August 2, 2013

How Plastic Surgery Can Change Lives

Plastic and cosmetic surgery continues to gain good and bad connotations. Plastic surgery, a more general term, is used all around the world daily from cosmetic procedures to reconstructive procedures. I have never personally had any plastic surgery done but there are obvious downsides to plastic surgery such as downtime, pain, and possible side effects. These are all factors that must be discussed before the actual procedures because they are dangerous but there are also benefits that might be worth the risk. The benefits of plastic surgery are limitless. Because plastic surgeons are incredibly talented and educated, they have the ability to recreate almost anything.

plastic surgery on female

A recent Huffington Post article titled “Plastic Surgery Miracles” dives below the surface to shed light on some really amazing plastic surgery procedures such as Katie Piper, whom thanks to stem cell and plastic surgery has regained some of her sight after becoming partially blind during a sulphuric acid attack. Another miraculous plastic surgery operation was of a hand transplant on a 51 year old man who has become the first person in the UK to have a hand transplant. Plastic surgery gets a bad rap here and there mostly because of really bad horror stories. Of course there are going to be horror stories and really awful plastic surgery results but these benefits are definitely worth it. Read on for more detailed stories of how these plastic surgery procedures can changes lives.

Aesha Mohammadzai is a beautiful young woman from Afghanistan. At just 19 years old she was subject to torture and mutilation when her nose and ears were hacked off by her Taliban husband and in-laws after fleeing her forced marriage. You might recognize her from a very famous cover of TIME Magazine in a special titled “What Happens if We Leave Afghanistan” by Aryn Baker. Within the article, Aesha tells a very tragic and somber story of her forced marriage and subsequent abuse from not only her husband but also his family.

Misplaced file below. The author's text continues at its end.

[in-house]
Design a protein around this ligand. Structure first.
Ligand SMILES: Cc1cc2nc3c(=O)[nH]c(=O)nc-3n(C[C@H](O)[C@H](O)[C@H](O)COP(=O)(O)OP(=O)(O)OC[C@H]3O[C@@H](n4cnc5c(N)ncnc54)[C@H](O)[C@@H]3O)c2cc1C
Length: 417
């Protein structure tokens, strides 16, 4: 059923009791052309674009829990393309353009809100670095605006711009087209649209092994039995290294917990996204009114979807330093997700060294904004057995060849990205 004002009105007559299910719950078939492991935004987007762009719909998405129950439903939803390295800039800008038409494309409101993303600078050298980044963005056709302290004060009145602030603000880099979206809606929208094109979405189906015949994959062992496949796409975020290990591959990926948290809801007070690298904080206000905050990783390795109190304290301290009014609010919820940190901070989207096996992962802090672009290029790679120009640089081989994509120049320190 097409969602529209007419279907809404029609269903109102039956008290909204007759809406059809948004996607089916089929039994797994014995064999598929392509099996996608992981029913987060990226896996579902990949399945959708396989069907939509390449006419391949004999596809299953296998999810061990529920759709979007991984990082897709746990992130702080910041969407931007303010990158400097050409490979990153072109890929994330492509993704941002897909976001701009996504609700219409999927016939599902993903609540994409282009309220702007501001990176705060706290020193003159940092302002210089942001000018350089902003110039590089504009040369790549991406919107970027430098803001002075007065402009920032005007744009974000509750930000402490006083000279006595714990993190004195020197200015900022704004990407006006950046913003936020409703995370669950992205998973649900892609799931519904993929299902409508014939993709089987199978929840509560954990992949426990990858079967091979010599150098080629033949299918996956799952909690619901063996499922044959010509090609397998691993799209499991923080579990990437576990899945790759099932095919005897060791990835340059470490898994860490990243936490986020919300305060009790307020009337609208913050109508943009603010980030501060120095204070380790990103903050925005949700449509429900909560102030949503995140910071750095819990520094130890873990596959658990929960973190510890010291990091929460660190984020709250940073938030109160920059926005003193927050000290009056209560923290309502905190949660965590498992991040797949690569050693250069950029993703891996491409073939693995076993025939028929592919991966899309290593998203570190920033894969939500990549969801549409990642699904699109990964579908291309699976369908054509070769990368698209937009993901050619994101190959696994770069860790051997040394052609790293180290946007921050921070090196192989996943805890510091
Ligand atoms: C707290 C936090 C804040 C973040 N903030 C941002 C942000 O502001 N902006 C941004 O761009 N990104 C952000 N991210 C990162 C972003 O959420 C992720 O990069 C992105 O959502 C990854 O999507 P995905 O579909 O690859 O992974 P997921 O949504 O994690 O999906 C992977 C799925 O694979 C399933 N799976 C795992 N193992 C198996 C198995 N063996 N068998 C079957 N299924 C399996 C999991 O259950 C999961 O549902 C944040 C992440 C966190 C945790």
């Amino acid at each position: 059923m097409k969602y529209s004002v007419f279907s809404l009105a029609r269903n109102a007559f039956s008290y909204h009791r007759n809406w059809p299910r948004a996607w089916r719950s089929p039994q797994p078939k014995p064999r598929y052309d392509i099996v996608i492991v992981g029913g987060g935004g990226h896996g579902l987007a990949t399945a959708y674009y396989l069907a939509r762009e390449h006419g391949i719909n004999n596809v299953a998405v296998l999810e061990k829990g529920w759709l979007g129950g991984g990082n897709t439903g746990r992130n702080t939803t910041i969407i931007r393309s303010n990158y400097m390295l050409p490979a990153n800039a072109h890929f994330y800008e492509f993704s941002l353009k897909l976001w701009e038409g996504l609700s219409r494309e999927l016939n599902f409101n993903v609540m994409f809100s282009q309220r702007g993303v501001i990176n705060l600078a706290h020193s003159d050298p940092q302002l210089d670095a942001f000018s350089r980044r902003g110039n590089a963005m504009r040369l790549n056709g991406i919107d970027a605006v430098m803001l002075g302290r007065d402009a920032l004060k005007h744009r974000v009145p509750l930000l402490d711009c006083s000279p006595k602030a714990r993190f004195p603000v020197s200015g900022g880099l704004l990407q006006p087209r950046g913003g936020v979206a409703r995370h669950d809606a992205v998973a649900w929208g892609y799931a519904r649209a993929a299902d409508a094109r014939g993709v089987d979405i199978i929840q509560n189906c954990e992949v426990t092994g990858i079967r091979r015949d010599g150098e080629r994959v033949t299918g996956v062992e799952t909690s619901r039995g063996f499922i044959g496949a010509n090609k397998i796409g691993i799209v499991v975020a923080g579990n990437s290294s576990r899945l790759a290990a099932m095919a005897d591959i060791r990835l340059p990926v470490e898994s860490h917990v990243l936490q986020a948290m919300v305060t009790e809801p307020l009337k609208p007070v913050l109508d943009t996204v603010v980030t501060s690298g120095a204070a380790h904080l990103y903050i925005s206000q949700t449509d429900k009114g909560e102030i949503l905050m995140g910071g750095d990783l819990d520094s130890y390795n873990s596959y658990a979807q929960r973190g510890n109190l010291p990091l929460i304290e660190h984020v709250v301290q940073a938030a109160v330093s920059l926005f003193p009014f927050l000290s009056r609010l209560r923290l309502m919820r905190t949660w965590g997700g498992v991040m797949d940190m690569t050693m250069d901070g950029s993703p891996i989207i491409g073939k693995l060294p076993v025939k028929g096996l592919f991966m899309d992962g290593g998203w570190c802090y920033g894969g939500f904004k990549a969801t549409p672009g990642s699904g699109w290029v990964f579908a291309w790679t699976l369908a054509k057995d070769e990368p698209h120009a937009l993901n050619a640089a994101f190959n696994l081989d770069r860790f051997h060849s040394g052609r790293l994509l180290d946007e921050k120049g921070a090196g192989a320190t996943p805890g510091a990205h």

One day the mental and physical abuse just became too much for her so she ran away. Shortly after she was caught, she recalls the event very well, “They caught me and put me in jail for five months. When I came out the judge sent me back to my husband. That night they took me to the mountains. They tied my hands and feet. They said my punishment was to cut my nose and ears. And then they started to do it.” Having passed out through pain and shock, Aesha came to in her own blood. She managed to walk to her village where her father took her to the hospital. Aesha has been since living with a host family in America and is being treated by doctors in Maryland. Her reconstruction surgery consists of nose reconstruction, tissue expansion, and rhinoplasty. Aesha initially was treated with gradual tissue transplants taken from other parts of her body. These tissue transplants will allow surgeons to piece together a new nose for Aesha. She also has gone through tissue expansion on her forehead, a procedure used for skin reconstruction that allows surgeons grow skin for reconstruction purposes. During tissue expansion, saline is injected in pockets beneath the skin, over time the amount of saline is increased slowly causing the area to swell and the skin to stretch. The excess skin can then be transplanted elsewhere where necessary. After her transplant is successful, she will then have revision rhinoplasty to ensure function and cosmetic appearance of her new nose. In December 2012, she was half way through her reconstructive procedure and has since become a symbol of hope for women suppressed by the Taliban, urging women to “never give up and don’t lose hope,” that “what happened, it’s part of me, part of my life and its all the time in my mind and with me. But I have to live and I have to love”.